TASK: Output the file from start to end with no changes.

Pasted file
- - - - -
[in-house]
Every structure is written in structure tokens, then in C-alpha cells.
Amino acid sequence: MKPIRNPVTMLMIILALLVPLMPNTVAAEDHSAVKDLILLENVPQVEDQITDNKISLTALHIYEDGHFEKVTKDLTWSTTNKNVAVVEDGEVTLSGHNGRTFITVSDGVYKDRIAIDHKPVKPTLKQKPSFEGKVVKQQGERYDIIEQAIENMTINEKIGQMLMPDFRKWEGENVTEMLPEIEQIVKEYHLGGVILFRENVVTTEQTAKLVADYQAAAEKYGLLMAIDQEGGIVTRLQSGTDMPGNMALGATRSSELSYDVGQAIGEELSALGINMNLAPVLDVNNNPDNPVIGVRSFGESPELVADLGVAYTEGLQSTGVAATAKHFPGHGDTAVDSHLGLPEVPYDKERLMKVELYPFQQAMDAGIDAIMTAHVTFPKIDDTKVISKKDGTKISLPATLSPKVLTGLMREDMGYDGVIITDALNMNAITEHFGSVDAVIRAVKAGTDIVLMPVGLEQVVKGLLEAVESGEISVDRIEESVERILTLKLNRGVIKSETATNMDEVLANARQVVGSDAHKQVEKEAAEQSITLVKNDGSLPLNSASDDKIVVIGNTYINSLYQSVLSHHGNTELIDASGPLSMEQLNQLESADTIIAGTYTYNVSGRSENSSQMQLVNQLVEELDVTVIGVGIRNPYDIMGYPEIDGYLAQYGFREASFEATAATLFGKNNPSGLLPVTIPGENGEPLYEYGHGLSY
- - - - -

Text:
[in-house]
Every structure is written in structure tokens, then in C-alpha cells.
Amino acid sequence: MKPIRNPVTMLMIILALLVPLMPNTVAAEDHSAVKDLILLENVPQVEDQITDNKISLTALHIYEDGHFEKVTKDLTWSTTNKNVAVVEDGEVTLSGHNGRTFITVSDGVYKDRIAIDHKPVKPTLKQKPSFEGKVVKQQGERYDIIEQAIENMTINEKIGQMLMPDFRKWEGENVTEMLPEIEQIVKEYHLGGVILFRENVVTTEQTAKLVADYQAAAEKYGLLMAIDQEGGIVTRLQSGTDMPGNMALGATRSSELSYDVGQAIGEELSALGINMNLAPVLDVNNNPDNPVIGVRSFGESPELVADLGVAYTEGLQSTGVAATAKHFPGHGDTAVDSHLGLPEVPYDKERLMKVELYPFQQAMDAGIDAIMTAHVTFPKIDDTKVISKKDGTKISLPATLSPKVLTGLMREDMGYDGVIITDALNMNAITEHFGSVDAVIRAVKAGTDIVLMPVGLEQVVKGLLEAVESGEISVDRIEESVERILTLKLNRGVIKSETATNMDEVLANARQVVGSDAHKQVEKEAAEQSITLVKNDGSLPLNSASDDKIVVIGNTYINSLYQSVLSHHGNTELIDASGPLSMEQLNQLESADTIIAGTYTYNVSGRSENSSQMQLVNQLVEELDVTVIGVGIRNPYDIMGYPEIDGYLAQYGFREASFEATAATLFGKNNPSGLLPVTIPGENGEPLYEYGHGLSY